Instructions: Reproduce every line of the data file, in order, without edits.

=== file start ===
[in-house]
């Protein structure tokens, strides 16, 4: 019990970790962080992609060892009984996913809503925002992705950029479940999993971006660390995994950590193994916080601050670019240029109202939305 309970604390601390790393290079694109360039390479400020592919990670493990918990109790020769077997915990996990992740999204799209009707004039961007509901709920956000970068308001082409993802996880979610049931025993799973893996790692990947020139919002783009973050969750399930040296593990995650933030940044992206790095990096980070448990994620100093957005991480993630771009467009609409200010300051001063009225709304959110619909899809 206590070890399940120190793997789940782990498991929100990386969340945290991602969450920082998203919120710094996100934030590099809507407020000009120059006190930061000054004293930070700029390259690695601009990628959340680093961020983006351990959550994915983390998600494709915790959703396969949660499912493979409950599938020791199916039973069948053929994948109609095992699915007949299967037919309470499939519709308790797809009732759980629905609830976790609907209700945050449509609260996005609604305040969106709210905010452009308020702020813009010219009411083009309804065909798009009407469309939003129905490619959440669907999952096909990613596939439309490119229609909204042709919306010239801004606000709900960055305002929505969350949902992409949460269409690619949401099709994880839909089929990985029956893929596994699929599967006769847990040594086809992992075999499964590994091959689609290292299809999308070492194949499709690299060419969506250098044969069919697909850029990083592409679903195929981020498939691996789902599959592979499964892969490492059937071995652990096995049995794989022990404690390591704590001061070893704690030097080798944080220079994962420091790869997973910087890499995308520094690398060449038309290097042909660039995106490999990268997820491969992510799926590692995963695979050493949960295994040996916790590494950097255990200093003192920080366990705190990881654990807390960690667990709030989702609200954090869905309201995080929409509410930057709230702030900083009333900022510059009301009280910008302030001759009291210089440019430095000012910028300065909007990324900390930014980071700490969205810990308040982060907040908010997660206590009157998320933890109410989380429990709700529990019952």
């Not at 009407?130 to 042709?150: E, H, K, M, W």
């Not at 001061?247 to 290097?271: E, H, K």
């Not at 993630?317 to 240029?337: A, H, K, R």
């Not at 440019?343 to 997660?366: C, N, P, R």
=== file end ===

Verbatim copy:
[in-house]
């Protein structure tokens, strides 16, 4: 019990970790962080992609060892009984996913809503925002992705950029479940999993971006660390995994950590193994916080601050670019240029109202939305 309970604390601390790393290079694109360039390479400020592919990670493990918990109790020769077997915990996990992740999204799209009707004039961007509901709920956000970068308001082409993802996880979610049931025993799973893996790692990947020139919002783009973050969750399930040296593990995650933030940044992206790095990096980070448990994620100093957005991480993630771009467009609409200010300051001063009225709304959110619909899809 206590070890399940120190793997789940782990498991929100990386969340945290991602969450920082998203919120710094996100934030590099809507407020000009120059006190930061000054004293930070700029390259690695601009990628959340680093961020983006351990959550994915983390998600494709915790959703396969949660499912493979409950599938020791199916039973069948053929994948109609095992699915007949299967037919309470499939519709308790797809009732759980629905609830976790609907209700945050449509609260996005609604305040969106709210905010452009308020702020813009010219009411083009309804065909798009009407469309939003129905490619959440669907999952096909990613596939439309490119229609909204042709919306010239801004606000709900960055305002929505969350949902992409949460269409690619949401099709994880839909089929990985029956893929596994699929599967006769847990040594086809992992075999499964590994091959689609290292299809999308070492194949499709690299060419969506250098044969069919697909850029990083592409679903195929981020498939691996789902599959592979499964892969490492059937071995652990096995049995794989022990404690390591704590001061070893704690030097080798944080220079994962420091790869997973910087890499995308520094690398060449038309290097042909660039995106490999990268997820491969992510799926590692995963695979050493949960295994040996916790590494950097255990200093003192920080366990705190990881654990807390960690667990709030989702609200954090869905309201995080929409509410930057709230702030900083009333900022510059009301009280910008302030001759009291210089440019430095000012910028300065909007990324900390930014980071700490969205810990308040982060907040908010997660206590009157998320933890109410989380429990709700529990019952």
């Not at 009407?130 to 042709?150: E, H, K, M, W």
């Not at 001061?247 to 290097?271: E, H, K």
């Not at 993630?317 to 240029?337: A, H, K, R």
């Not at 440019?343 to 997660?366: C, N, P, R």